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Capital Gains Tax is levied on gains arising from the ‘disposal’ of certain assets.
Basic rate tax payers are charged at 10%, whereas higher and additional rate tax payers must pay 20%. Each UK resident is given an annual allowance/exemption at £12,000 per annum (2019/20). NB Surchage of £8% applies for residential property and carried interest.
For our private clients, disposals typically take the shape of selling shares in collective investments or the sale of a buy-to-let property.
Care should be taken as certain transfer of ownership of assets may also attract CGT at your highest rate. Disposals that can give rise to CGT might take the form of:
Exempt assets are free from CGT, whilst reliefs operate to reduce or eliminate a CGT liability in the event of the sale or disposal of certain types of assets, such as businesses.
The sale of your private residential home does not incur a CGT liability in most circumstances. If you have more than one house, we can advise you as to the best way to proceed.
The way in which tax charges (or tax relief, as appropriate) are applied depends upon individual circumstances.
This information is based on our understanding of current HMRC rules and practice. Tax rules and allowances are not guaranteed and may change in the future.
The FCA does not regulate certain tax planning activities and services.
When you sell qualifying assets (i.e. a business) your first £10,000,000 of gains are taxed at a rate of 10%.
This is a lifetime limit and, for those who build and sell businesses on a serial basis, you can utilise part of this relief with each business sale until you have reached your limit.
Make sure you claim back allowable payments for eg payments to personal pensions are made net of basic rate tax and so immediately attract tax relief at 20%.
However, for those paying higher rate tax at 40% or additional rate tax at 45%, there may be more tax to claim. Higher rate individuals may be able to claim a further £100 for every £400 paid while further rate taxpayers paying 45% income tax who may be owed £125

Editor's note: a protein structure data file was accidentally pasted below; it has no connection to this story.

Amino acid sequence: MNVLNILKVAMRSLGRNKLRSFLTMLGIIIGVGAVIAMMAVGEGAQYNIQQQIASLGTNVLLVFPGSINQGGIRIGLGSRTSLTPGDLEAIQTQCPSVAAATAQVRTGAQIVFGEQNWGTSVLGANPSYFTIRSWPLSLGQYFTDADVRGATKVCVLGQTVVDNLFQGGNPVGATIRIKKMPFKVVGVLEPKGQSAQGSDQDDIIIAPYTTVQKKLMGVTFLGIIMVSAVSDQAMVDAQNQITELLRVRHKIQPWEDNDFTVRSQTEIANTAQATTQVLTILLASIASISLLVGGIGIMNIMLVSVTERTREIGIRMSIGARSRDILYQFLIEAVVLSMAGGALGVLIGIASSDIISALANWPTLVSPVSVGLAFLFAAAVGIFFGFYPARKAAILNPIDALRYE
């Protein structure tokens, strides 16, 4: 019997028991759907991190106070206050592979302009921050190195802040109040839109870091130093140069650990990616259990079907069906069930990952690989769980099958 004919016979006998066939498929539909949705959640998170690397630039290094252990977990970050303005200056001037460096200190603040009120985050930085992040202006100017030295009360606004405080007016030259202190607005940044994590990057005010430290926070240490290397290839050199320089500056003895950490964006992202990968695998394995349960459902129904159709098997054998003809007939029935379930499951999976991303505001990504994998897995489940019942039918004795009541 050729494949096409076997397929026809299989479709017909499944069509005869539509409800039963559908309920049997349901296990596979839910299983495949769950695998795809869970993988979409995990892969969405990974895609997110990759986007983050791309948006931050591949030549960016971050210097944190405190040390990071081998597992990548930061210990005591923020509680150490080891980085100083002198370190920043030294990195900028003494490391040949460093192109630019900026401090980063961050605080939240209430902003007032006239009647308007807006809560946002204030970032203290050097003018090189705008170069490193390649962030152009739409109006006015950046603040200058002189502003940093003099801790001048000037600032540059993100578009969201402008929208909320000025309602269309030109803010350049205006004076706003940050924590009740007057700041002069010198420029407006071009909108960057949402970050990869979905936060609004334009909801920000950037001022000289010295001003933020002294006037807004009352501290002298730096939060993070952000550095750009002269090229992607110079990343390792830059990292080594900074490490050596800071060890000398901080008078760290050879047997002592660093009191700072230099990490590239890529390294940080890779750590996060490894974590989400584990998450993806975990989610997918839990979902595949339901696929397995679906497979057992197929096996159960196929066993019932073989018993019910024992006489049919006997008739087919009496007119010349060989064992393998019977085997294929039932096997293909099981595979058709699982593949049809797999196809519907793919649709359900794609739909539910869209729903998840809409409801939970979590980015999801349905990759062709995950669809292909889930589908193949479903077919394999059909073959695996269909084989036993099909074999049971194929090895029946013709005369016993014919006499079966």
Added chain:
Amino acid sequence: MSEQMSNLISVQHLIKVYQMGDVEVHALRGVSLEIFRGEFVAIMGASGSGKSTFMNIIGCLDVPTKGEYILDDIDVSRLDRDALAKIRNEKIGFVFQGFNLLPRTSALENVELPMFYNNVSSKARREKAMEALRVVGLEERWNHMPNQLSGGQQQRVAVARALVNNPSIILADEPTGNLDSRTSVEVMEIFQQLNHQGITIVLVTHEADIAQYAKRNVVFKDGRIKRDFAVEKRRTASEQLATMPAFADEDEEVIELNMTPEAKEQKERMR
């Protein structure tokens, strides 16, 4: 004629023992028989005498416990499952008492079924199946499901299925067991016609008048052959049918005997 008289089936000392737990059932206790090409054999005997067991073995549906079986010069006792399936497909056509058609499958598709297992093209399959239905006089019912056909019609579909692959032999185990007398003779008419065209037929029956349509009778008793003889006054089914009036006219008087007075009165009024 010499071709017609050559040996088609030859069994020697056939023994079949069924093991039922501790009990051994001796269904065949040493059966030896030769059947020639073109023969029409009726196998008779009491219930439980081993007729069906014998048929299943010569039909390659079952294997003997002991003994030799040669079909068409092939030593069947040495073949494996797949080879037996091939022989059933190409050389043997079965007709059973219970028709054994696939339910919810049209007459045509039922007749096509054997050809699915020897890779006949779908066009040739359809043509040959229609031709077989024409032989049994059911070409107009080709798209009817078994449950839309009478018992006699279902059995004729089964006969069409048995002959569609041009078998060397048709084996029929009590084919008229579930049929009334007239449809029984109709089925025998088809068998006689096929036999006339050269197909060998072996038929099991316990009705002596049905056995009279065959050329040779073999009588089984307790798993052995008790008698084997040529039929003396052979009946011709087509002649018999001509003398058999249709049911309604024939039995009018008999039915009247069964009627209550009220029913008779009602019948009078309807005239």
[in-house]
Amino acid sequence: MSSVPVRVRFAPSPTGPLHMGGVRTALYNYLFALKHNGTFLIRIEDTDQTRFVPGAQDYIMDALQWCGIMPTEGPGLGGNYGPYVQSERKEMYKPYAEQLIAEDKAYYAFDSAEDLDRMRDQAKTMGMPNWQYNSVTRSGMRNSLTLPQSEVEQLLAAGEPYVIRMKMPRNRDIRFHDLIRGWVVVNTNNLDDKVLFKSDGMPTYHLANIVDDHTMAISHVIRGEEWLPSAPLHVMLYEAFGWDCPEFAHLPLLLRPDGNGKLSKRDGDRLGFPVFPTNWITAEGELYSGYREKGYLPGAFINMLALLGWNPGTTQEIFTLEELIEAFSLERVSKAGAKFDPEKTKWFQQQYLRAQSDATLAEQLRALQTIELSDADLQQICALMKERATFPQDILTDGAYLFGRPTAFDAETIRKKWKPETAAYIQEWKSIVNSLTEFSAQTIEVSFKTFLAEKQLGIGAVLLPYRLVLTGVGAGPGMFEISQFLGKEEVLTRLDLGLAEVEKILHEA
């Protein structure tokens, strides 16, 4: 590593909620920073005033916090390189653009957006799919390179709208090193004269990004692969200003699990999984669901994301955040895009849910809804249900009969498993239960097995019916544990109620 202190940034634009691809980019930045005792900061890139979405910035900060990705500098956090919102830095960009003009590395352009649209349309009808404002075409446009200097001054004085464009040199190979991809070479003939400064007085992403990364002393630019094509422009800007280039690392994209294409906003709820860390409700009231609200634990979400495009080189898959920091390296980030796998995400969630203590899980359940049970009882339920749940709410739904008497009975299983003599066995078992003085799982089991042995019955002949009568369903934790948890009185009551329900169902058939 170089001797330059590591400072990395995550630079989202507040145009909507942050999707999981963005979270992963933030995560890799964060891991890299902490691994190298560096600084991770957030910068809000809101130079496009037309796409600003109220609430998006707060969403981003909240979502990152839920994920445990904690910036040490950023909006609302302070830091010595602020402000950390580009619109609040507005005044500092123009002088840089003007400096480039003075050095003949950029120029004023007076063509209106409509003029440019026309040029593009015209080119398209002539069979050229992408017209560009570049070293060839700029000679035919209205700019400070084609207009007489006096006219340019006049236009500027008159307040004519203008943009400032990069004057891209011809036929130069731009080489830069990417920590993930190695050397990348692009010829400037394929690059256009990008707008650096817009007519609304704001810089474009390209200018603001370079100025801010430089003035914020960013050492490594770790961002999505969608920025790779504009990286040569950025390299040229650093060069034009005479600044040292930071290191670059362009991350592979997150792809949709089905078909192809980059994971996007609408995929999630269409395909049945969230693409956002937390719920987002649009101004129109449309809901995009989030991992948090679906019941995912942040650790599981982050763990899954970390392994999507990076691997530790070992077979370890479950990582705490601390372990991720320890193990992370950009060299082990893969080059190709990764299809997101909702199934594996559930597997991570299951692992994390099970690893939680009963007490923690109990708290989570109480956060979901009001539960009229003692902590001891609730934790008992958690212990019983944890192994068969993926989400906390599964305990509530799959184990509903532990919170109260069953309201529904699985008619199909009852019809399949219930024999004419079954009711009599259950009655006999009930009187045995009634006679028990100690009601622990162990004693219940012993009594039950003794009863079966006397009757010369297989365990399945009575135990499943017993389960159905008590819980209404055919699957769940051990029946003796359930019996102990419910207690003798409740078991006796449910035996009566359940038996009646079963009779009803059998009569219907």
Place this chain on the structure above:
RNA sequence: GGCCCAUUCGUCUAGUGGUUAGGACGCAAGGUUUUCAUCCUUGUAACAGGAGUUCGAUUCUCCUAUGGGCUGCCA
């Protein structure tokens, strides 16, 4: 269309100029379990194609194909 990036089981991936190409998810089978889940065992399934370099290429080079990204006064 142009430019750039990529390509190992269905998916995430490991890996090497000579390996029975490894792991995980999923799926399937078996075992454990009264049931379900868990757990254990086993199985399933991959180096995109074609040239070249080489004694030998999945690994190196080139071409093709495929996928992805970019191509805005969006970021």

‘Carry forward’ rules mean it is now also possible for some individuals to carry forward unused pension annual allowances from the three previous tax years to be used against this year’s gross income.
If you earn more than £40000 per annum you can pay this full amount into a pension plan and claim tax relief immediately of £18000.
Each year all UK residents aged 18 or over (16 for cash ISA) are given a new allowance but if unused, it is lost.
The allowance for 2019/2020 is £20,000 – and it is up to you how much of this to allocate to investments and how much to hold in cash.
Those that have saved every year since the inception of PEPs in 1986 were introduced in 1986 have managed to accumulate over £1m in this tax free environment, the so called ‘ISA millionaires’.
In any full tax year married couples have the opportunity to transfer assets between one another, often with no immediate tax considerations which can provide important income and capital gains tax planning possibilities.
Moving assets across into investments that are exempt from capital gains tax (although care must be taken as any sales to move investments are likely to be disposals subject to CGT)
Timing disposals to spread gains across more than one tax year whenever possible (this means that part of the gain is taken in one tax year, and part in the next, allowing you to use two CGT annual exemption allowances.
Transferring assets between spouses so that both annual exemptions can be used in future disposals
The annual CGT exemption is £12,000 (2019/20) which cannot be carried forward so if not used, it will also be lost.
If no planning is implemented, gains tend to roll up until final disposal at which point a tax charge is levied on the total final gain without any possibility to use past exemptions. Basic rate tax payers are charged 10% on gains while higher rate tax payers are charged 20%.
Get in touch to find out more about our specialist tax planning services.
Ginny is very easy to contact and always responds very promptly - she can explain complex financial issues very clearly and her advice has been very valuable in helping me decide how to take my pension fund – very important as options for funds are changing daily.